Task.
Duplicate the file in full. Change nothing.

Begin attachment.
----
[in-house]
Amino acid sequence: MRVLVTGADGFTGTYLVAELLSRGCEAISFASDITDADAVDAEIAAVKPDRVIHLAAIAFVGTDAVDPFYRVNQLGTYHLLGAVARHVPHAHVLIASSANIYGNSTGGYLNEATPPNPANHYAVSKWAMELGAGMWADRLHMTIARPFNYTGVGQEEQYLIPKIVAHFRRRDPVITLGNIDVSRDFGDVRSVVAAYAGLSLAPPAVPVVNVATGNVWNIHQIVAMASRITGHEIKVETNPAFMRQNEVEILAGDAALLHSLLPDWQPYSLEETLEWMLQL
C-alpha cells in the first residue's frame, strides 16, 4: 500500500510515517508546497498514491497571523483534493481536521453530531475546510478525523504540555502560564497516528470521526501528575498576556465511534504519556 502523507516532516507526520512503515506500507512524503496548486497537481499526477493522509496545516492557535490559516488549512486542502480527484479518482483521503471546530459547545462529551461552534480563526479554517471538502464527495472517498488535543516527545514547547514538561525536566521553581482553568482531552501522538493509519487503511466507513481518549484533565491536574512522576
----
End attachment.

[in-house]
Amino acid sequence: MRVLVTGADGFTGTYLVAELLSRGCEAISFASDITDADAVDAEIAAVKPDRVIHLAAIAFVGTDAVDPFYRVNQLGTYHLLGAVARHVPHAHVLIASSANIYGNSTGGYLNEATPPNPANHYAVSKWAMELGAGMWADRLHMTIARPFNYTGVGQEEQYLIPKIVAHFRRRDPVITLGNIDVSRDFGDVRSVVAAYAGLSLAPPAVPVVNVATGNVWNIHQIVAMASRITGHEIKVETNPAFMRQNEVEILAGDAALLHSLLPDWQPYSLEETLEWMLQL
C-alpha cells in the first residue's frame, strides 16, 4: 500500500510515517508546497498514491497571523483534493481536521453530531475546510478525523504540555502560564497516528470521526501528575498576556465511534504519556 502523507516532516507526520512503515506500507512524503496548486497537481499526477493522509496545516492557535490559516488549512486542502480527484479518482483521503471546530459547545462529551461552534480563526479554517471538502464527495472517498488535543516527545514547547514538561525536566521553581482553568482531552501522538493509519487503511466507513481518549484533565491536574512522576